Education fact sheet Guatemala

Sustained economic growth, healthier lives, and greater civic engagement through access to quality education.

Primary school enrollment rates in Guatemala have progressed significantly over the past 20 years. However, challenges still exist in the quality of education, learning outcomes, and transition rates of students into secondary and higher education.  Disparities persist between boys and girls, urban and rural, and ladino and indigenous communities.

USAID supports the Government of Guatemala to ensure children and youth stay in school or find an alternative pathway to gain the basic skills necessary to compete for productive employment or start a business in Guatemala.  This educational foundation is critical to providing a realistic alternative to irregular migration.


Guatemala spends 2.8 percent of the gross domestic product (GDP) in education, which is far less than the regional average.  Lack of funding, paired with a low internal efficiency of the education system have limited the learning outcomes of the students.

The country still faces serious challenges in education quality, coverage, teacher training, and equity.  The last learning assessment conducted for primary grades in 2014 found that only 40 percent of sixth graders reached performance standards in reading.  Exacerbating the challenge, most Guatemalan youth do not reach high school with 41 percent of all teenagers (13–18 years) out-of-school.  This rate rises to 61 percent in the Western Highlands, which is predominantly indigenous.  Although universities have been consistently expanding their services to rural areas, less than 10% of the youth enroll in college education due to different learning and economic constraints.


USAID’s education investments improve basic education for underserved children and youth living in municipalities with the highest rates of irregular migration.  Interventions under this objective sustainably improve primary school students’ outcomes in reading, mathematics, and social and emotional learning (SEL), as well as increase students’ transition rates from primary school to the lower secondary school level.  USAID also supports decentralization efforts designed to empower municipalities to lead and invest in the education sector.

USAID has provided technical support to the Ministry of Education (MOE) to implement the national literacy model for bilingual and intercultural contexts, develop teaching and learning materials in multiple languages, train teachers and reading coaches, and engage parents and community members to promote reading.  USAID investments have supported the MOE to implement and improve processes and tools for management and decision making by strengthening data management and systems and improving preparedness for natural disaster and emergency response.  USAID is also supporting the MOE to improve conditions in schools by installing and improving latrines, handwashing stations, and rainwater catchment systems in schools; training students in hygiene good practices; and promoting the use of clean energy in schools.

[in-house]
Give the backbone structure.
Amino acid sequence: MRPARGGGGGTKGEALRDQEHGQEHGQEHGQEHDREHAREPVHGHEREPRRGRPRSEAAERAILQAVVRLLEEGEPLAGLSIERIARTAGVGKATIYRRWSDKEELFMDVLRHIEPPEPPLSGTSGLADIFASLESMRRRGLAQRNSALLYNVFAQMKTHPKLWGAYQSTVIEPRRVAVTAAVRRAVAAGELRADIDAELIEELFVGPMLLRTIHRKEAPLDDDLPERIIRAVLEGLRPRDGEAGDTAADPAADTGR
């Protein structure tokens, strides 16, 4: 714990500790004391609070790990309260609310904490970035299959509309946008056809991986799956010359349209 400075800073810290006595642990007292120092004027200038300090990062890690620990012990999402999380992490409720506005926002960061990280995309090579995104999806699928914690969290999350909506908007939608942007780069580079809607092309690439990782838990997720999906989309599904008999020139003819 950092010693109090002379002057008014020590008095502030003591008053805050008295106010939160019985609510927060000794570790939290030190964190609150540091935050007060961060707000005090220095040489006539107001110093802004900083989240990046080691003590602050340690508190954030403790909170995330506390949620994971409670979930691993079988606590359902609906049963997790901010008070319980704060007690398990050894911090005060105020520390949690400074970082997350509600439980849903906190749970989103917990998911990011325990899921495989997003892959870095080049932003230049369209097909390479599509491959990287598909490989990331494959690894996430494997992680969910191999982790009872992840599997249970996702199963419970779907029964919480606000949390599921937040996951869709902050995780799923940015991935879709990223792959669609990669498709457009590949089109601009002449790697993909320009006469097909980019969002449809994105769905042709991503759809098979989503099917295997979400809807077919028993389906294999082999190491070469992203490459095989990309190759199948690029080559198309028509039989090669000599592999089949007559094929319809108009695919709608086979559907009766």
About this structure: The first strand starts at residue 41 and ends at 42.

As a response to the COVID19 pandemic, USAID partnered with the MOE and local partners to prepare 17,000 schools for a safe return to school by providing sanitization kits and information on safety protocols for teachers, principals, and community members.  These actions benefited over 2.4 million students directly and have been supported for further sustainability through MoE funding of school operations.  Other USAID interventions support the development of in-person and distance processes for training and data analysis to improve management and coaching in schools and to respond to events and emergencies that may affect school operations. 


USAID’s efforts respond to a key driver of irregular migration: lack of employment and educational opportunities.  USAID provides in-school and out-of-school youth with opportunities to gain skills necessary to contribute to their communities and gain employment.  USAID also improves the ability of state and non-state schools to deliver quality education: alternative basic education, workforce development, soft skills, and vocational training.  USAID integrates social emotional learning and soft skills into educational programs ranging from primary school up to vocational training to ensure that youth have the foundational skills for life and work.  USAID youth programs utilize the Positive Youth Development (PYD) approach, emphasizing youth strengths and providing support and opportunities that will help them achieve goals, transition to adulthood in a productive, healthy manner, and participate actively in their communities.  Youth who participate in USAID programs have the opportunity to increase their employability credentials, begin or improve entrepreneurship initiatives, and participate in service projects in their communities as part of building their resume and experience.